A slide triggered yesterday afternoon in the Valemount area claimed the life of a snowmobiler and served as a deadly reminder of the heightened avalanche risk across many parts of the province. It also puts an even greater onus on outdoor enthusiasts to be aware of the dangers when going out into the backcountry this winter.
The Canadian Avalanche Centre is putting out a special warning for most regions in B.C.
“The warming temperatures that are happening throughout B.C. affects weak layers below,” Sandra Riches, Canadian Avalanche Centre said.
“So the special warning is to make people think about where they’re going and what they’re doing and if they’re prepared for these conditions.”
This weekend’s sun and warmer temperatures are also a concern for the Canadian Avalanche Centre since it can lead to something known as Blue Sky Syndrome. The syndrome causes a false sense of security in good weather, where snow enthusiasts become more aggressive and think less about avalanche danger in the backcountry.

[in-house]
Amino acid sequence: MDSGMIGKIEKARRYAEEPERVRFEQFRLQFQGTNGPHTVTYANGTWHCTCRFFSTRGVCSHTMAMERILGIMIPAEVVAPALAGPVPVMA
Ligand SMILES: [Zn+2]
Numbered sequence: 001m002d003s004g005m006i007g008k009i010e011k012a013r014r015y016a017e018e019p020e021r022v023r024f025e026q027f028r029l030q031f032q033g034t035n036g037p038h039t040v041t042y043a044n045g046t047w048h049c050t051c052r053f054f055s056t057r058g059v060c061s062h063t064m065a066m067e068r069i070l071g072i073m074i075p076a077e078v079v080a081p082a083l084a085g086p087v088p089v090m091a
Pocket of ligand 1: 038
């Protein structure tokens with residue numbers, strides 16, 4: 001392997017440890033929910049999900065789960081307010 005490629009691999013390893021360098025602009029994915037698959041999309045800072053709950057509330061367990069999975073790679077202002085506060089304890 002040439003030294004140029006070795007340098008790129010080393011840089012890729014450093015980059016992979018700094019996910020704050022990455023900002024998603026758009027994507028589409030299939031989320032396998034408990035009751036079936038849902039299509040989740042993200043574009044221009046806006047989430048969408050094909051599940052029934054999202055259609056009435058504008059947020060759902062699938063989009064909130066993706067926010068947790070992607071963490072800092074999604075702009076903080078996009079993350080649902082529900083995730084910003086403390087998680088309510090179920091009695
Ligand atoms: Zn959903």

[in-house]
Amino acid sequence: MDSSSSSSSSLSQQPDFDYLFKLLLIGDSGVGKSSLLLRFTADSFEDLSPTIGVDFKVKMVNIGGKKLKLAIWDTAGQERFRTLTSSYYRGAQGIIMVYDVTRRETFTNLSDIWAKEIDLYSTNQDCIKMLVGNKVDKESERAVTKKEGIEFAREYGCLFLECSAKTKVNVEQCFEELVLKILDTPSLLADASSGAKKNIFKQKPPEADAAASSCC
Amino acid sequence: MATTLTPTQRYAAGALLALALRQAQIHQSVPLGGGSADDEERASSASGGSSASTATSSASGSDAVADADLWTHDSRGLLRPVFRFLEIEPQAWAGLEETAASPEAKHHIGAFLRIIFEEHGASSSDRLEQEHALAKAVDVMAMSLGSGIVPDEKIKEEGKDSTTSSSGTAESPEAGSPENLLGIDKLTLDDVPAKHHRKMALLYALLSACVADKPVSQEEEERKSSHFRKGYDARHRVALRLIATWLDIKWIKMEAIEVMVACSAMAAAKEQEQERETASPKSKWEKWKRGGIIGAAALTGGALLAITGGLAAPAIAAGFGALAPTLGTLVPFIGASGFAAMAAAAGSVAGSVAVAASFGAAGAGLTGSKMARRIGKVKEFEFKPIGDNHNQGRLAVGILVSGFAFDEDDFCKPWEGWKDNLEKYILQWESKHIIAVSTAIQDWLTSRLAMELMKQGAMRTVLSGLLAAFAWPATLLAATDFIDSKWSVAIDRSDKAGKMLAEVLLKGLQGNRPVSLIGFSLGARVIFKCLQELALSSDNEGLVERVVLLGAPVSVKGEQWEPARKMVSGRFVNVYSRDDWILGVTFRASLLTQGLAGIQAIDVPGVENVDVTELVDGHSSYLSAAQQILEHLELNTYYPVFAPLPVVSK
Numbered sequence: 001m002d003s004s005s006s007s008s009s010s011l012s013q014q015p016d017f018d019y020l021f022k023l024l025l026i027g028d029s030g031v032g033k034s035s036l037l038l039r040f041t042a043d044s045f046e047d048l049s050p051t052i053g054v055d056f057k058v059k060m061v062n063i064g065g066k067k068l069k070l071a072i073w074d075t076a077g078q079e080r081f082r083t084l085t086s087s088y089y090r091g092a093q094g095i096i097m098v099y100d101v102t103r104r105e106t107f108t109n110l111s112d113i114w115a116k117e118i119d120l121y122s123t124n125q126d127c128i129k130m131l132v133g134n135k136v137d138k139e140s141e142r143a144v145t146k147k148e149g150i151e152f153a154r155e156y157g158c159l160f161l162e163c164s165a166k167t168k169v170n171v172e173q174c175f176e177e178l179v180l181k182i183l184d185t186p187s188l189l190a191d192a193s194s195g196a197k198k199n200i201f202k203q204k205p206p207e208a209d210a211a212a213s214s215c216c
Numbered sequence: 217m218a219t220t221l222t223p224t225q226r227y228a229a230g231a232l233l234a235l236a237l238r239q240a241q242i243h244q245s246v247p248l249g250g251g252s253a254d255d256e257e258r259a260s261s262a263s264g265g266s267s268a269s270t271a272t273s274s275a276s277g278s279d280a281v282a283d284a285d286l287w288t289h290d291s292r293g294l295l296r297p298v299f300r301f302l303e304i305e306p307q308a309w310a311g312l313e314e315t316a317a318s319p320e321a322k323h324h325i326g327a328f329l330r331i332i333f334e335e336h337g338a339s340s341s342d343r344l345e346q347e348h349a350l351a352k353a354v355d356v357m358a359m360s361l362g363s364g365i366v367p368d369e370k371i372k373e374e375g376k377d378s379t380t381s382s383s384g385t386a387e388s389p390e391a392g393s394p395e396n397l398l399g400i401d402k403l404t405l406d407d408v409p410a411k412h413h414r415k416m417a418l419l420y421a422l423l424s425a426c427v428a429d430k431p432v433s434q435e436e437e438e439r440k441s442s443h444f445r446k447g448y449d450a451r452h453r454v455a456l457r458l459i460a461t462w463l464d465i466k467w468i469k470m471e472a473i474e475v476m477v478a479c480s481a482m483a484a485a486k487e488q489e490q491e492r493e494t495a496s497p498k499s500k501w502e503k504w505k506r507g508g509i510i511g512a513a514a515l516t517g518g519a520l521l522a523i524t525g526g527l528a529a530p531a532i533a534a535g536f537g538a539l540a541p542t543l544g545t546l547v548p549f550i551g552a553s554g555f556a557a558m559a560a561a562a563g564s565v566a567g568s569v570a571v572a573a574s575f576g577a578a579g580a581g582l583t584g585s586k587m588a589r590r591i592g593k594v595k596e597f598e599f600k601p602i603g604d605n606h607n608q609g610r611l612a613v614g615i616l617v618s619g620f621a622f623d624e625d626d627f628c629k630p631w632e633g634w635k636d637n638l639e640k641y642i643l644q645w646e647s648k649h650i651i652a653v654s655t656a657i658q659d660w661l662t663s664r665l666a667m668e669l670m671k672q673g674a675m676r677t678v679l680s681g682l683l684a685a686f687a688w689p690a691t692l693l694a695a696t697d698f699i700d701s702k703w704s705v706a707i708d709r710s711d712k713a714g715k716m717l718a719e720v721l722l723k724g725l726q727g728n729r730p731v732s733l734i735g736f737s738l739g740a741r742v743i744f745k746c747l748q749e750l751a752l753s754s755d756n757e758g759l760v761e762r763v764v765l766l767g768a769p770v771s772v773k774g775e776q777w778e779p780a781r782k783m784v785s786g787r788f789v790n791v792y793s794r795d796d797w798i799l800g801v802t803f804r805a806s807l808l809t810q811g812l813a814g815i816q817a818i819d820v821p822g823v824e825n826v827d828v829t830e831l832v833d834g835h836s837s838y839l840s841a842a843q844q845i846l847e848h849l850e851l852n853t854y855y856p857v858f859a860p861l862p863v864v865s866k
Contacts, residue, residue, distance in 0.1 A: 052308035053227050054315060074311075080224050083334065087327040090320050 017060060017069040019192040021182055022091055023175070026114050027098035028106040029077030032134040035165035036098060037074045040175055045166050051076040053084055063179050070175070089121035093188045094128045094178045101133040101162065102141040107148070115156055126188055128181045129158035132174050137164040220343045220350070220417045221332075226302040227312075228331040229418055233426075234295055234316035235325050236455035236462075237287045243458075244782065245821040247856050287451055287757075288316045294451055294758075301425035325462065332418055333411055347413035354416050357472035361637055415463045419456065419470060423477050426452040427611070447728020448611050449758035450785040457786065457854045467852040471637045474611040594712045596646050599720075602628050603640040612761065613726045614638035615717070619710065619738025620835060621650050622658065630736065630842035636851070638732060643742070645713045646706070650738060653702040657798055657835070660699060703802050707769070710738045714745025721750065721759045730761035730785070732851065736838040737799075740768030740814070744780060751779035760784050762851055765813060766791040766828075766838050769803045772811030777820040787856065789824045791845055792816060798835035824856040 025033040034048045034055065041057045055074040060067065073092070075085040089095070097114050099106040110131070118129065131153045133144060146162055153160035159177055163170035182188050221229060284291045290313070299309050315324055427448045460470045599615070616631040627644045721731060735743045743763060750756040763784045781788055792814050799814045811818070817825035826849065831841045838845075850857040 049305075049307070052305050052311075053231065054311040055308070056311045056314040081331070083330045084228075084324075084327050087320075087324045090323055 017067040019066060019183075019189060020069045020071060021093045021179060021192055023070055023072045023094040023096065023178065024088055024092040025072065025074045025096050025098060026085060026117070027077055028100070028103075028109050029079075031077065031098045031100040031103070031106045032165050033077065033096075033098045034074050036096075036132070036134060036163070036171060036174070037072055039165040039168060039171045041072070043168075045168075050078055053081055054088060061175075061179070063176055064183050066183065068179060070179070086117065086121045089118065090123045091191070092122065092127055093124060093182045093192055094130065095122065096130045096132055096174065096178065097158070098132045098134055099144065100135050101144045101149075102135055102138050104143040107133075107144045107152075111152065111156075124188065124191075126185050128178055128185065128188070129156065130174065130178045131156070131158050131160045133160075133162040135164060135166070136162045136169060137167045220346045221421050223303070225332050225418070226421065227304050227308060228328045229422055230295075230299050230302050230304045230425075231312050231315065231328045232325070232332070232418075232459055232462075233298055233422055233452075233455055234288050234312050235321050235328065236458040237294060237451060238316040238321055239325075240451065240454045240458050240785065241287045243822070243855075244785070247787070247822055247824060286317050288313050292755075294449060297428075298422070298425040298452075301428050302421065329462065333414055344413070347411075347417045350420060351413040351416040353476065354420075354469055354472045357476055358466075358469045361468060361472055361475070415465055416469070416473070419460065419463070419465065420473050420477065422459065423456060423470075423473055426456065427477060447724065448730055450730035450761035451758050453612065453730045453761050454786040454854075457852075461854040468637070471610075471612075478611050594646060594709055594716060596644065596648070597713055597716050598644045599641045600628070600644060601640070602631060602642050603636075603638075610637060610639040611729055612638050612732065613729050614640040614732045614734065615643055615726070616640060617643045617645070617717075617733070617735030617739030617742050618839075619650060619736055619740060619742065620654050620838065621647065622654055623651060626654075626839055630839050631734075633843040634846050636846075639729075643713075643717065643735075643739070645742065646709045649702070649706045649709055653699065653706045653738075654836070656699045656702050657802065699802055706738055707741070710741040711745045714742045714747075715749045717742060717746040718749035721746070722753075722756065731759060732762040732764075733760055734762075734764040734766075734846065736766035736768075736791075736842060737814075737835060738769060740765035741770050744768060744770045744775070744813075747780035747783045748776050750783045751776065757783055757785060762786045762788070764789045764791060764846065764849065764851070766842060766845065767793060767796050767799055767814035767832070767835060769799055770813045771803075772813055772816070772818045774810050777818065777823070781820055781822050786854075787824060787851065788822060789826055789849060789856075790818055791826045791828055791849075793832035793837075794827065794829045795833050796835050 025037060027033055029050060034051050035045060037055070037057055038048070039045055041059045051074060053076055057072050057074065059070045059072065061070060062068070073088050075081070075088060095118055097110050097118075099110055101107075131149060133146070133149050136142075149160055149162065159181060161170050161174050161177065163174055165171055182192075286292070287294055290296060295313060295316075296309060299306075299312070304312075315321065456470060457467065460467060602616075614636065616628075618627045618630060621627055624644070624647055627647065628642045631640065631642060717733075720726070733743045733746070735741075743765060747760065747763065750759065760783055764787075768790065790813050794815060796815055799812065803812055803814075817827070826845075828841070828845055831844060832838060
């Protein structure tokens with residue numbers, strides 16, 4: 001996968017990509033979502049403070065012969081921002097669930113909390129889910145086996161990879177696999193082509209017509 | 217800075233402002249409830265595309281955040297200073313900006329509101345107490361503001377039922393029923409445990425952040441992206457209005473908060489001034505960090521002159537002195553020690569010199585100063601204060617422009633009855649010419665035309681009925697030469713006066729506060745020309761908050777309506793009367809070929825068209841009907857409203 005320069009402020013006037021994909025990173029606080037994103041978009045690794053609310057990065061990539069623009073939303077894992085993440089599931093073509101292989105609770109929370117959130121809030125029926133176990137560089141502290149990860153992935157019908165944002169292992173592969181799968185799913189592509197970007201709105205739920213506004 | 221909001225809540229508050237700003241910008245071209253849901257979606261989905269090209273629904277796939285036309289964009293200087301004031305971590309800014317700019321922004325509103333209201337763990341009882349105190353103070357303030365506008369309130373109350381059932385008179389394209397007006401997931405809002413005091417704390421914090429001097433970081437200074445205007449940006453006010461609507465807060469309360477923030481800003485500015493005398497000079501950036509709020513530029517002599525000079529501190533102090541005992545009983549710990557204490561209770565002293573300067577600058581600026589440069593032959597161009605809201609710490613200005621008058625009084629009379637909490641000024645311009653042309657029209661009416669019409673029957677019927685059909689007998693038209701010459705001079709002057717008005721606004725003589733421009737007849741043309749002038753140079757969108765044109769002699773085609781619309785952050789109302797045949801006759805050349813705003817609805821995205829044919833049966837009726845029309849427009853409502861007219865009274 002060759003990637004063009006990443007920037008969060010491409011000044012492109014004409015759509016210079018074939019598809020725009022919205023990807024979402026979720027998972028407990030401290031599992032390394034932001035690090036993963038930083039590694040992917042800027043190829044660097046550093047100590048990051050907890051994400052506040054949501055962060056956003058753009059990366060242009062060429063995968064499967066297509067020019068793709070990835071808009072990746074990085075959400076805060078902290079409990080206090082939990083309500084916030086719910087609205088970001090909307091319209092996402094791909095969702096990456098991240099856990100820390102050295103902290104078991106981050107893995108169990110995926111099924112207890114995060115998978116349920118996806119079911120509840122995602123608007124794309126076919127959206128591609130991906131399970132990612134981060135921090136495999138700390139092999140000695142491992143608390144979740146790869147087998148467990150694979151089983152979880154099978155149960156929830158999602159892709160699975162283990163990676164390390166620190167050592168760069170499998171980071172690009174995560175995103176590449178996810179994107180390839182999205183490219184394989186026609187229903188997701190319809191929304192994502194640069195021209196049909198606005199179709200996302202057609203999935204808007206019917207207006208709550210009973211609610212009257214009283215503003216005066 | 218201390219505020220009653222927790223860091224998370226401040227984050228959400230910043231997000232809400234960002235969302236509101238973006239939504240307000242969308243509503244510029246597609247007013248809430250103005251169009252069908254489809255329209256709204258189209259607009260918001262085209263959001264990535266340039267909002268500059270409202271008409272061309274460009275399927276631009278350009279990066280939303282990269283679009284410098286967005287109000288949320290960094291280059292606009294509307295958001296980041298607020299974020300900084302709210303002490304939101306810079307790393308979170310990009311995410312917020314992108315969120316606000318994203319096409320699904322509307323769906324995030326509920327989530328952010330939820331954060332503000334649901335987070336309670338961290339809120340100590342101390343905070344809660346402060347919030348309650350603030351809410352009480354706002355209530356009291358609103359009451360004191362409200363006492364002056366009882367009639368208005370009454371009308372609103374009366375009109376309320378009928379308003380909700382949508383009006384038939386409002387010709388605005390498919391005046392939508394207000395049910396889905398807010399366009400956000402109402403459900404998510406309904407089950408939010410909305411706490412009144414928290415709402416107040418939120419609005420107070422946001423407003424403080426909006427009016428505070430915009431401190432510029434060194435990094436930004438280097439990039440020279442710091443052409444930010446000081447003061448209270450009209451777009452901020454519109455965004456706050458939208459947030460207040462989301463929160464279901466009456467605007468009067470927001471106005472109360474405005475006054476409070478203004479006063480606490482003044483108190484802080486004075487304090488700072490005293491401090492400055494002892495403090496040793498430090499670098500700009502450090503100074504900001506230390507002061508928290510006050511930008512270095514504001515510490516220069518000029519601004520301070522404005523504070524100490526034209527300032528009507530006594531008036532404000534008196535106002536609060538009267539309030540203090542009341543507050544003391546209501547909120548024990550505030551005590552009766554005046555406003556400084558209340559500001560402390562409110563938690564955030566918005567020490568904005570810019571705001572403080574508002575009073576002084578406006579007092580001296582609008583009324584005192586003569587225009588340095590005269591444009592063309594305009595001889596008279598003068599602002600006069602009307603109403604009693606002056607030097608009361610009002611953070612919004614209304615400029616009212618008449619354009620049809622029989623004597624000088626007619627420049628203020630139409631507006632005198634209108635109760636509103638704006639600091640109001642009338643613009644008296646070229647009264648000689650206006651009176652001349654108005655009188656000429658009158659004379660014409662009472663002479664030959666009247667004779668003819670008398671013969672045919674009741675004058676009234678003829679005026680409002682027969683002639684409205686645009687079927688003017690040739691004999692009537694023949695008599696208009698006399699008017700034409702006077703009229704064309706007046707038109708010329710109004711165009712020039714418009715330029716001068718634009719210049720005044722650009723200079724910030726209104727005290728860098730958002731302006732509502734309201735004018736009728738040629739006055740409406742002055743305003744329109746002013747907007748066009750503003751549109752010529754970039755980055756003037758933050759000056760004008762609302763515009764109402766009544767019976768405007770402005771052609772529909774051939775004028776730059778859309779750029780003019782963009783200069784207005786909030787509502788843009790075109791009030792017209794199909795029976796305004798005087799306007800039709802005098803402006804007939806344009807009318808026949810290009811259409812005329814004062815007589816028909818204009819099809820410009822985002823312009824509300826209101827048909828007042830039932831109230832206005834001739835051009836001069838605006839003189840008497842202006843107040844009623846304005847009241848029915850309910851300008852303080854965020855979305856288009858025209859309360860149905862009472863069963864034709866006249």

All around the province this weekend there were various Avalanche Awareness Days.
“To really understand what the risk is you really should take the two-day ASD course,” Clayton Prince, Kelowna Snowmobile Club President said.
Search and rescue experts say the importance of planning for a safe time in the backcountry is essential to your survival. In Canada 80 per cent of avalanches happen in B.C. and people are getting the message.
“This is the 10th anniversary of the adventure smart program, which is search and rescue prevention,” Riches told Global News.
“And we can see a lot of people are coming up with a lot more gear, they’re more prepared, they have their pack on, they’re emergency safety whistle.”
~ with files from Jennifer Palma